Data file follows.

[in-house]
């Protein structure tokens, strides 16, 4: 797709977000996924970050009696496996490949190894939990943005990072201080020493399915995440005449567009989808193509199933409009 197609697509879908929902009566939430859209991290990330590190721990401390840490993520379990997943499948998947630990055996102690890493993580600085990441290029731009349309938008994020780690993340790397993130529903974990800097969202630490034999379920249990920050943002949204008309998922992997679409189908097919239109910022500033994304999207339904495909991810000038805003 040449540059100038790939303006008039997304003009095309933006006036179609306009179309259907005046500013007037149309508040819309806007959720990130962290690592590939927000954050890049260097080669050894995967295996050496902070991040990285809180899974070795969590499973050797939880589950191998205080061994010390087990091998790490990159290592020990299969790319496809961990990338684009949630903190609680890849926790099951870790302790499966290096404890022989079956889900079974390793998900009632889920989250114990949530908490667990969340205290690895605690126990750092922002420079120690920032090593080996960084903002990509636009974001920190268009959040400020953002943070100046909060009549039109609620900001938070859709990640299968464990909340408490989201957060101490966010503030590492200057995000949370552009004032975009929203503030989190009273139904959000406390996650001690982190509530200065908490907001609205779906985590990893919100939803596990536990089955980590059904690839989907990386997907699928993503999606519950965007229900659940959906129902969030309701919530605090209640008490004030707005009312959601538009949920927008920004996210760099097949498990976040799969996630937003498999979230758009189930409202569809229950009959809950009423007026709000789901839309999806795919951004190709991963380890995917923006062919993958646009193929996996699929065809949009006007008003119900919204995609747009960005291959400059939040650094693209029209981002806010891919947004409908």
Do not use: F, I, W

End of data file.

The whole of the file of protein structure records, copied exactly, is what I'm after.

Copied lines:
[in-house]
């Protein structure tokens, strides 16, 4: 797709977000996924970050009696496996490949190894939990943005990072201080020493399915995440005449567009989808193509199933409009 197609697509879908929902009566939430859209991290990330590190721990401390840490993520379990997943499948998947630990055996102690890493993580600085990441290029731009349309938008994020780690993340790397993130529903974990800097969202630490034999379920249990920050943002949204008309998922992997679409189908097919239109910022500033994304999207339904495909991810000038805003 040449540059100038790939303006008039997304003009095309933006006036179609306009179309259907005046500013007037149309508040819309806007959720990130962290690592590939927000954050890049260097080669050894995967295996050496902070991040990285809180899974070795969590499973050797939880589950191998205080061994010390087990091998790490990159290592020990299969790319496809961990990338684009949630903190609680890849926790099951870790302790499966290096404890022989079956889900079974390793998900009632889920989250114990949530908490667990969340205290690895605690126990750092922002420079120690920032090593080996960084903002990509636009974001920190268009959040400020953002943070100046909060009549039109609620900001938070859709990640299968464990909340408490989201957060101490966010503030590492200057995000949370552009004032975009929203503030989190009273139904959000406390996650001690982190509530200065908490907001609205779906985590990893919100939803596990536990089955980590059904690839989907990386997907699928993503999606519950965007229900659940959906129902969030309701919530605090209640008490004030707005009312959601538009949920927008920004996210760099097949498990976040799969996630937003498999979230758009189930409202569809229950009959809950009423007026709000789901839309999806795919951004190709991963380890995917923006062919993958646009193929996996699929065809949009006007008003119900919204995609747009960005291959400059939040650094693209029209981002806010891919947004409908």
Do not use: F, I, W